Skipper is a constant on the SEC Academic Honor Roll, with the biology major carrying a 3.9 GPA.
Sam Tevi, Utah (6-5, 312): Tevi played on the defensive line as a true freshman before moving to the offense. He started at left tackle as a junior and right tackle as a senior.
The position switch is nothing new for Tevi. He started as a kid playing safety. The he grew into a linebacker. In sixth grade, he was a running back. He also played receiver and kicker. In junior high, he was a quarterback. “I was a pocket passer. I couldn't really run.” He played defensive end in high school and defensive tackle during his first season with the Utes. At that point, Utah’s defensive line coach — who had ample depth — broached the move to offense with Tevi. Tevi wasn’t thrilled but had a team-first attitude. "It kind of broke my heart, because defense is what I grew up playing. I finally got over it, and I said 'Eff it. I'm just going to go ahead and buy in and try to do everything I can.’”
Tevi grew up in Euless, Texas, with two brothers and five sisters.
Jerry Ugokwe, William & Mary (6-7, 318): A walk-on, Ugokwe started seven games at left tackle as a true freshman before settling in at right tackle for his final three years. After earning third-team all-conference as a junior, Ugokwe was a first-team pick and a third-team FCS All-American as a senior.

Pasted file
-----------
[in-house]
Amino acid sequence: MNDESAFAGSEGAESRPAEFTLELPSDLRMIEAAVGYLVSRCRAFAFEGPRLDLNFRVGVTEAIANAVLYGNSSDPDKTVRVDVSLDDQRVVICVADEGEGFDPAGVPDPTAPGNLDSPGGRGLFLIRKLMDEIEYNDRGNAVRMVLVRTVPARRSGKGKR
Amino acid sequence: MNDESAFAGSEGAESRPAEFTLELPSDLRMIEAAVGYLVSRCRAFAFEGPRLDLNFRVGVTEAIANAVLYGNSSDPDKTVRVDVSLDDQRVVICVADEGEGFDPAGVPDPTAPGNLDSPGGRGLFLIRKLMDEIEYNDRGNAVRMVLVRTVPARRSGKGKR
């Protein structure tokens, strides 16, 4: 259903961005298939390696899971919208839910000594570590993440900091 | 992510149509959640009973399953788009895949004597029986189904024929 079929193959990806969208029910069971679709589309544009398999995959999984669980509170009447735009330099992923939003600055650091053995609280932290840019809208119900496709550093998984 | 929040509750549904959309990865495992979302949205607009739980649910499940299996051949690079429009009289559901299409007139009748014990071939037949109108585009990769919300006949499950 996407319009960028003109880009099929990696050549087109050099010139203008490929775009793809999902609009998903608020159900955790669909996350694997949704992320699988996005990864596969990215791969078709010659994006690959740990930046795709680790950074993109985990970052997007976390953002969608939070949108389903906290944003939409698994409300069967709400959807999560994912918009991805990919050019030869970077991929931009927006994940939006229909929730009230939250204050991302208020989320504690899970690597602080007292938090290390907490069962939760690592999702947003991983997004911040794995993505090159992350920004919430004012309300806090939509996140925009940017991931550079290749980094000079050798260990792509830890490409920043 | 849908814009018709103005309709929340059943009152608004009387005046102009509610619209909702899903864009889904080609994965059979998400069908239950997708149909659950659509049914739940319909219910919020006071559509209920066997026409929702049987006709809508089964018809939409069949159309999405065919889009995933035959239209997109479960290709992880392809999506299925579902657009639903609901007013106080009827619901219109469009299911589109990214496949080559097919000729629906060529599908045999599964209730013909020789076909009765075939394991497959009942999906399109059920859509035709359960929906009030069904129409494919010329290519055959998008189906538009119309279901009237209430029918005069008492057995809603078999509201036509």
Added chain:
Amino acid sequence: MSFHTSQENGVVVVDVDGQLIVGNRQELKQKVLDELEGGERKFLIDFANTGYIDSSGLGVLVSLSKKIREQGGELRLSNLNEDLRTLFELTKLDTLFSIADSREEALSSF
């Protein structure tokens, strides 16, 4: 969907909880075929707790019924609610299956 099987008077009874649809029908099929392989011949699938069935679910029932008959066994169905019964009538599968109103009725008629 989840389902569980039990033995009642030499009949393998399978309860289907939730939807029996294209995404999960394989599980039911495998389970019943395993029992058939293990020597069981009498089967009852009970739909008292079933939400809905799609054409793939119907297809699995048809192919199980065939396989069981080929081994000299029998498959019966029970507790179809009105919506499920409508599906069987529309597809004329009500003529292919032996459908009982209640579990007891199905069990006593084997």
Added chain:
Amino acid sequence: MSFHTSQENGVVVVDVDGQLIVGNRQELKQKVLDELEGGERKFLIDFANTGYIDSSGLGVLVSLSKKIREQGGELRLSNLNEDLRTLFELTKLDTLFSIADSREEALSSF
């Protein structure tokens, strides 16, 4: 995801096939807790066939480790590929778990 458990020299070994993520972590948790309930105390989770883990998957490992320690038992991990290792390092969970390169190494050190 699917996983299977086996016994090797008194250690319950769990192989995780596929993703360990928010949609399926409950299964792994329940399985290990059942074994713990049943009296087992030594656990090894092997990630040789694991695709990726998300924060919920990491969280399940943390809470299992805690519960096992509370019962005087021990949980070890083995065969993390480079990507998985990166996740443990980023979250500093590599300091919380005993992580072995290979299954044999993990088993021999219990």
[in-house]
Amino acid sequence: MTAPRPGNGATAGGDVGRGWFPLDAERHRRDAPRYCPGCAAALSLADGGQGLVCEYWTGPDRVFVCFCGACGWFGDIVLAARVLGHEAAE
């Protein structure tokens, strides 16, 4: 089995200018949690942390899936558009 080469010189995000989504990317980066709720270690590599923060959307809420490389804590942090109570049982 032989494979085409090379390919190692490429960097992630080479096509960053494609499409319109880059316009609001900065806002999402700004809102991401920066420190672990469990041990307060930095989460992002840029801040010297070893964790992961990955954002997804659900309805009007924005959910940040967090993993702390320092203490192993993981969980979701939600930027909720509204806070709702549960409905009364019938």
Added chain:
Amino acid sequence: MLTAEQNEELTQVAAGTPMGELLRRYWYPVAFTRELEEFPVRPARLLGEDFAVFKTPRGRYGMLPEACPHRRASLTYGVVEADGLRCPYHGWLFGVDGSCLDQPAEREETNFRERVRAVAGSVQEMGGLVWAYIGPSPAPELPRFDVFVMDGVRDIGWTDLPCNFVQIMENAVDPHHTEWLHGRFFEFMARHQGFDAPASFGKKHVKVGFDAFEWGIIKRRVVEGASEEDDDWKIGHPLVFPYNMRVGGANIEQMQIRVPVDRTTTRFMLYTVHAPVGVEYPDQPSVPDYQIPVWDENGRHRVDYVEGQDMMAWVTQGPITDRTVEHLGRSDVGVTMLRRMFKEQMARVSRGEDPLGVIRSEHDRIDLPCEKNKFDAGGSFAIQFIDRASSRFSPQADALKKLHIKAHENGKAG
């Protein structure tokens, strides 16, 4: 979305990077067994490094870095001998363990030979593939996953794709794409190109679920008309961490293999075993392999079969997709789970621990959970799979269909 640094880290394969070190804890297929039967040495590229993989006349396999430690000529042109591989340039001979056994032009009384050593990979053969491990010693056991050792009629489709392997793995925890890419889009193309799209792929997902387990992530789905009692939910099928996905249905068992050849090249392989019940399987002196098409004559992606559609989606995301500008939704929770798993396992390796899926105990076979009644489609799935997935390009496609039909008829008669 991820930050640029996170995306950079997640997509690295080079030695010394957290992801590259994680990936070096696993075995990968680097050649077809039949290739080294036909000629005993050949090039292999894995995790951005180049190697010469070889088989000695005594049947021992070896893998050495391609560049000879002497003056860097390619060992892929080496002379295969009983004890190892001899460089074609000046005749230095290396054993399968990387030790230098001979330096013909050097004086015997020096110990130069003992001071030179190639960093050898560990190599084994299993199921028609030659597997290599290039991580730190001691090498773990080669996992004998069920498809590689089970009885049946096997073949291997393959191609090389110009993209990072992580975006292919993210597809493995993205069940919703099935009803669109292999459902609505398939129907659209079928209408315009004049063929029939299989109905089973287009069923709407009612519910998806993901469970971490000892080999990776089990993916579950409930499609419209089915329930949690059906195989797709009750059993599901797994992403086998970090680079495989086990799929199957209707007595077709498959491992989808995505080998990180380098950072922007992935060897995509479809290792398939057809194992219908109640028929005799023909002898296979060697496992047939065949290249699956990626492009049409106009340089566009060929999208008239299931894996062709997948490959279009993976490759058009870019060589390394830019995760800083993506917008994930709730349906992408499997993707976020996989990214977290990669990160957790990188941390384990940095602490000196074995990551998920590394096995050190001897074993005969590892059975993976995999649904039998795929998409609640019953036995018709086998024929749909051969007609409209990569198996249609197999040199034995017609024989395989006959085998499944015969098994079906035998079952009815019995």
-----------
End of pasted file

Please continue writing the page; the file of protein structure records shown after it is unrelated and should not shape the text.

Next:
Ugokwe has proven to be a quick study. He didn’t start playing football until his junior year of high school. The decision seemed like a no-brainer considering he was 6-foot-6 and 320 pounds at the time. “I kind of developed a lot over the last couple of years. It was a new game to me,” said Ugokwe, an economics major who is of Nigerian descent. “It was hard for me at first to pick up on a lot of things, things like footwork and even just knowing what to do, knowing who to block and stuff.”
While Ugokwe was born in Dallas and grew up in Bowie, Md., his father, Dr. Jerry Ugokwe, was Nigeria’s ambassador to Austria and continues to work for the Nigerian government.
Chad Wheeler, USC (6-6, 310): As a senior, Wheeler received some first-team All-American honors. Not bad considering he spent part of fall camp in a walking boot as he battled plantar fascitis and was on the bench to start the season. “It’s like a rock being stuck on the bottom of your heel and you’re just stepping on it,” Wheeler said. “It’s something really sharp.”
The team’s four-year starting left tackle was second-team all-Pac-12 as a junior after missing the end of his sophomore season with a torn ACL. For as good as he’s been on the field, he’s been too aggressive off the field.